Keeping Up Is Hard to Do:
A Trial Judge’s Reading Blog



In R. v. R.C., 2021 ONCA 419, June 15, 2021, the accused was convicted of a number of offences, including sexual assault and incest. The trial judge rendered an oral judgment and indicated that he would subsequently “include excerpts of the questions and answers verbatim from the transcript to illustrate my areas of concern [with the accused’s evidence]”.

Two years later, and after an appeal from conviction was filed, the trial judge released edited reasons for the convictions. In his appeal from conviction, the accused argued, in part, that the trial judge “provided insufficient reasons”.

The appeal was dismissed.

The Ontario Court of Appeal described “the changes in the Edited Reasons” as being “both extensive and substantive” (at paragraph 9).

Delayed and Edited Reasons:

The Court of Appeal noted that a trial judge’s “reasons are presumed to be an accurate reflection of the reasoning that led the trial judge to the decision. That presumption, while strong, can be rebutted by cogent evidence. For example, reasons given long after a verdict was rendered and subsequent to the commencement of an appeal, can compel the conclusion that the reasons are not an accurate reflection of the decision-making process engaged in by the trial judge and that the trial judge engaged instead in a result-driven consideration of the evidence. This is particularly true where – as here – the reasons were rendered after an appeal had been commenced” (at paragraph 10).

The Court of Appeal held that in this case, the “presumption of validity has been rebutted in this case by virtue of the substantive changes made in the Edited Reasons…The Edited Reasons therefore cannot be relied upon to justify the convictions. However, the Oral Reasons remain intact. The appellant does not argue those reasons do not reflect the trial judge’s reasoning process. Instead, the appellant argues that reasoning process is legally flawed. The outcome of the appeal turns on those arguments” (at paragraphs 12 and 13).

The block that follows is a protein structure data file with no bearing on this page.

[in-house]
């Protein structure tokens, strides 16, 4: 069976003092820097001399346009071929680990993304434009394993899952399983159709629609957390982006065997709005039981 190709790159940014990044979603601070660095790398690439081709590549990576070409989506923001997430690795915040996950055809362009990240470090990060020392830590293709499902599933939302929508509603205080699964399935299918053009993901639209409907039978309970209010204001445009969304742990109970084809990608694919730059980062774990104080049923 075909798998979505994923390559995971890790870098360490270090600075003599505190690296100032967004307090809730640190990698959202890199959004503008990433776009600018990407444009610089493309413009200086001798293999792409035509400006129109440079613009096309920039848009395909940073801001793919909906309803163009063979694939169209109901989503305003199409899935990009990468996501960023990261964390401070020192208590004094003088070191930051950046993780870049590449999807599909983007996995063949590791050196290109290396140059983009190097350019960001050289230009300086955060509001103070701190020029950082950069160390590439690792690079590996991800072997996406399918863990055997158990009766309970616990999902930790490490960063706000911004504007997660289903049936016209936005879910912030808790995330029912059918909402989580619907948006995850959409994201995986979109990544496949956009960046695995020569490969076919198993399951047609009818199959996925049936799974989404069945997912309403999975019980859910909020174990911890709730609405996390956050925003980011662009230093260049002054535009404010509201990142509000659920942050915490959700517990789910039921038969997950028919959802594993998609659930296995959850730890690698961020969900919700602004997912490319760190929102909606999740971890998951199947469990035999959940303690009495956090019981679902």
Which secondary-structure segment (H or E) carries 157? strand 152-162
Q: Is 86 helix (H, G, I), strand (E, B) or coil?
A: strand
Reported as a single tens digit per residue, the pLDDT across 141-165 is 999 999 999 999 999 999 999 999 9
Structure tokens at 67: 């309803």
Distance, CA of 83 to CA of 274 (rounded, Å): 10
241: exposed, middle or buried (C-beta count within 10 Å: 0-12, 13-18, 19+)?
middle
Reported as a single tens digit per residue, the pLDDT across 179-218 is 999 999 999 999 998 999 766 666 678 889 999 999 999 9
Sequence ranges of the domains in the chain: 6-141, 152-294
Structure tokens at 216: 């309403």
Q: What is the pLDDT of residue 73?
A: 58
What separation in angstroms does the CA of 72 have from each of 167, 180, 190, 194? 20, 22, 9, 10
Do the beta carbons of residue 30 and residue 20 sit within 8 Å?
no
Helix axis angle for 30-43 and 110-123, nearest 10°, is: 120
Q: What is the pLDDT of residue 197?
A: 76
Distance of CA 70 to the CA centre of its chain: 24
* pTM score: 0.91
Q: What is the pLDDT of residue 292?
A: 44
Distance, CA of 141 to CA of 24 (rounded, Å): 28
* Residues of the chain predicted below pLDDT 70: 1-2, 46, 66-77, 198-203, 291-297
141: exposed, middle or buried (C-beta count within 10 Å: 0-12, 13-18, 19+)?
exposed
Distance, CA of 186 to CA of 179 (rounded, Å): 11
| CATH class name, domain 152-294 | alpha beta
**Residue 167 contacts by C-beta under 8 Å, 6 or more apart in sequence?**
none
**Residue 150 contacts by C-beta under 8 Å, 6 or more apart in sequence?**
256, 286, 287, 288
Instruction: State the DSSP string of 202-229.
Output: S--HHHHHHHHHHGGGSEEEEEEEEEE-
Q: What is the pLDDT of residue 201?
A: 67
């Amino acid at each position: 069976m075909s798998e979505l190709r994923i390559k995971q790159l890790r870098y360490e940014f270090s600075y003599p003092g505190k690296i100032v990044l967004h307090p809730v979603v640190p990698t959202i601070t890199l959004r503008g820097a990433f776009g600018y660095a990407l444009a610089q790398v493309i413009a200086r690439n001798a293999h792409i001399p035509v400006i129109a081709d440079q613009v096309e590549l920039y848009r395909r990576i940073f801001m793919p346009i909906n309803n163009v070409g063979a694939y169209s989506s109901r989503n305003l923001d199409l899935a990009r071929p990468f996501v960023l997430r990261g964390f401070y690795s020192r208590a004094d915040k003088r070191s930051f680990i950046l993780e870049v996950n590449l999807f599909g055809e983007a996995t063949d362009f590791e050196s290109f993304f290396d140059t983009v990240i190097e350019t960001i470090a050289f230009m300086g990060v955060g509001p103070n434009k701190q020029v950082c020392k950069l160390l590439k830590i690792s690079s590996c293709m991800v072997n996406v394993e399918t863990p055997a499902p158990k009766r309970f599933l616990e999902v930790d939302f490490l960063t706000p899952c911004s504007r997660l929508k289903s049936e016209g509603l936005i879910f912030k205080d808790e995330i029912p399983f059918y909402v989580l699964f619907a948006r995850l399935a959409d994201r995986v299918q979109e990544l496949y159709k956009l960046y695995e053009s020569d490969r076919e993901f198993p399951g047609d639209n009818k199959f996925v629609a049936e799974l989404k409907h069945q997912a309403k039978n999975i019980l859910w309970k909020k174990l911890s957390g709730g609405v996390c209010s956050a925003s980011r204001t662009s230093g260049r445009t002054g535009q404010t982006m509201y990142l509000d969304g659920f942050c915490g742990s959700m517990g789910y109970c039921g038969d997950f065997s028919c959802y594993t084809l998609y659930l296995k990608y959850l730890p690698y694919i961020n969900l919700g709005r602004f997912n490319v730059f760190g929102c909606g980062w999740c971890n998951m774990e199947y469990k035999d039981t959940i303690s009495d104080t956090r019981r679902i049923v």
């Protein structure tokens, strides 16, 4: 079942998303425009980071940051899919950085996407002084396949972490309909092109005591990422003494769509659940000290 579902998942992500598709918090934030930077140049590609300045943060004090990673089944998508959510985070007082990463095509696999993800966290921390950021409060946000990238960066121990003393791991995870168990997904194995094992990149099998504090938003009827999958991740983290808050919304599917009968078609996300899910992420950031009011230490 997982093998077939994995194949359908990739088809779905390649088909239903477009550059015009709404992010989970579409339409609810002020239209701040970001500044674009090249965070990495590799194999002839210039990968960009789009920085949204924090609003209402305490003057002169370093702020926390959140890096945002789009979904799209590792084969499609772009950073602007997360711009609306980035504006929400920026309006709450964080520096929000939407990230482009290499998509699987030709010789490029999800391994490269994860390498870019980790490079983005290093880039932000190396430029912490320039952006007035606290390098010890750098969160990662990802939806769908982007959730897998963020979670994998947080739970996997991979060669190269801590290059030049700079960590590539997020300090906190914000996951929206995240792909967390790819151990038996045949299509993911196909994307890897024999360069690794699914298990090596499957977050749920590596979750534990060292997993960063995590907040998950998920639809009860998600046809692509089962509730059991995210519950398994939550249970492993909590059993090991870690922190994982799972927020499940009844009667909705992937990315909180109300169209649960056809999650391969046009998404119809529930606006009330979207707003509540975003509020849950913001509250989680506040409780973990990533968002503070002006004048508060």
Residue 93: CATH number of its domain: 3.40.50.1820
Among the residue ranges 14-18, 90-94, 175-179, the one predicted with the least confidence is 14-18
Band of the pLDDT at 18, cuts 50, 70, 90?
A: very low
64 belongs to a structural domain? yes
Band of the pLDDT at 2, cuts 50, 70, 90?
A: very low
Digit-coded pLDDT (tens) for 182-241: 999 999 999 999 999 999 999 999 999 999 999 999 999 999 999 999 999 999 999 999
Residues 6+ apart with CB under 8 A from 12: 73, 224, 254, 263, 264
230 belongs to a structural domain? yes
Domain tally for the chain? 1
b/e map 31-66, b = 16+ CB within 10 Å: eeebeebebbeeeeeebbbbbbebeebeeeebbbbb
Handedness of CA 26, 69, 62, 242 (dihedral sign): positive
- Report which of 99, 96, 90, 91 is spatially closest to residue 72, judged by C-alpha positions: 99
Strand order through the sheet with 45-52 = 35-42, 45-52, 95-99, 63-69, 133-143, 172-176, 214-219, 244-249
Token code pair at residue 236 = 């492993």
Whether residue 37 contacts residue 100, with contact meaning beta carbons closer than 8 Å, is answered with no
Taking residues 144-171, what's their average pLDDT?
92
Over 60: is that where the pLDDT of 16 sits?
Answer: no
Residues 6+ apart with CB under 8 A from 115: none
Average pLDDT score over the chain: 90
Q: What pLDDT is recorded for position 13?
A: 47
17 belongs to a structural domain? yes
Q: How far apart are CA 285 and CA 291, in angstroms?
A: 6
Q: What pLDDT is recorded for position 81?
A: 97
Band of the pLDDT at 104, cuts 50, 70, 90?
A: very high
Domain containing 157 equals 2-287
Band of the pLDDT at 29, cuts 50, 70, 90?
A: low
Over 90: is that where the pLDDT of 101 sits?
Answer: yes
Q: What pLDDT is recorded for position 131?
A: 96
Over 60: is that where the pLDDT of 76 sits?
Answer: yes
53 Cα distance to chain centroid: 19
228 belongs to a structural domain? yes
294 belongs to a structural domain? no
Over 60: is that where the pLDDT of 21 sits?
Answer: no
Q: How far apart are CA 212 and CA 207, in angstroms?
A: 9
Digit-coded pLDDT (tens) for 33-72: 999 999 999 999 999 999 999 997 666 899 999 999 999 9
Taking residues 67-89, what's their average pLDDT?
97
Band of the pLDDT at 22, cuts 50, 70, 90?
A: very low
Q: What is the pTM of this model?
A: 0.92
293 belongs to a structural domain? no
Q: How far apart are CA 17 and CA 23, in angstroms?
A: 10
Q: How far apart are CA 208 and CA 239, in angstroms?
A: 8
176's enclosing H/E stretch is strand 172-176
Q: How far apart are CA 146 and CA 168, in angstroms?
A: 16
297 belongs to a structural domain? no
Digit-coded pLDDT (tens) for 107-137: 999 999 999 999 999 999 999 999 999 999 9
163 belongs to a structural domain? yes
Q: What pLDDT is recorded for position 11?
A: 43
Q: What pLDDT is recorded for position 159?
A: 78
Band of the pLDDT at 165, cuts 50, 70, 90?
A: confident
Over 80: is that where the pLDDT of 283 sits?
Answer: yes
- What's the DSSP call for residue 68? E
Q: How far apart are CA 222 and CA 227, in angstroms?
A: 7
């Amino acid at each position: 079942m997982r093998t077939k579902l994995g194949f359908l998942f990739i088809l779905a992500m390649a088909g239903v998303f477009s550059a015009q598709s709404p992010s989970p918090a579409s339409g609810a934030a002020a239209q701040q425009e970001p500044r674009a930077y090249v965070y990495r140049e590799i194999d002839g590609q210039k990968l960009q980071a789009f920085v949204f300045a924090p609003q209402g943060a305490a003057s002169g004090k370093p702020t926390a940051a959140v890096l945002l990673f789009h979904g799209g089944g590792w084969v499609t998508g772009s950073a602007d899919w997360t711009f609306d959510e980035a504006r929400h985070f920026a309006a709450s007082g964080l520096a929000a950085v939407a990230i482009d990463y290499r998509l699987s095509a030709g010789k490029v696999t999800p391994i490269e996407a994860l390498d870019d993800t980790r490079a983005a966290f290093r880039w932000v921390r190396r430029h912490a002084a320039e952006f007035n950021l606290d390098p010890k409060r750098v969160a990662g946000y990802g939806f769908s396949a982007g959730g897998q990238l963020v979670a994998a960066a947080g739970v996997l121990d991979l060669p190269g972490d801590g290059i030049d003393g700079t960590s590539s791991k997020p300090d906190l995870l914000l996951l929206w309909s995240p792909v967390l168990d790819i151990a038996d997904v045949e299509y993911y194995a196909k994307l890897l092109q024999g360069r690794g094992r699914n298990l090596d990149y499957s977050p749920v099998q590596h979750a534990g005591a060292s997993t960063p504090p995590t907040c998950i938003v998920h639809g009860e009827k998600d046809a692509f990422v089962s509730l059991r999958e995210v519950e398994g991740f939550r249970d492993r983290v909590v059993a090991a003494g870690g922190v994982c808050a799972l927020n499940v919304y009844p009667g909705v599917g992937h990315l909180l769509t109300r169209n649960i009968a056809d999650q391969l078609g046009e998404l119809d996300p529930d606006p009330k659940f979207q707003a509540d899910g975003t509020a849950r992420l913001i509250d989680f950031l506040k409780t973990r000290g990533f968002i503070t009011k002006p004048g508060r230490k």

The Court of Appeal pointed out that though trial judges “are not required to address every inconsistency in the evidence of a witness [they are] “obliged to explain how they resolve major inconsistencies. Inconsistencies about which an honest witness is unlikely to be mistaken can demonstrate a ‘carelessness about the truth’ while inconsistencies about peripheral issues are of less significance” (at paragraph 37).

In dismissing the appeal, the Ontario Court of Appeal concluded that the trial judge’s reasons were “sufficient to disclose an intelligible basis for the verdict” (at paragraphs 57 and 58):

While his explanation of how he assessed the complainant’s testimony thereafter was brief, the trial judge, while recounting her evidence in the Oral Reasons, provided some evaluation of its strength. He addressed the two material inconsistencies identified on appeal. Although there were several other inconsistencies in her evidence, he adverted to these inconsistencies in reviewing the evidence and, in my view, his reasons fairly characterized these inconsistencies as minor.

Given the considerable deference afforded trial judges when deciding issues of credibility, the fact that the trial judge did assess the material inconsistencies in both the appellant and the complainant’s evidence and provided some reasons for resolving the inconsistencies, when read in context, the Oral Reasons are sufficient to disclose an intelligible basis for the verdict. They reveal no uneven scrutiny of the evidence nor do they demonstrate a misapprehension of the Crown’s burden.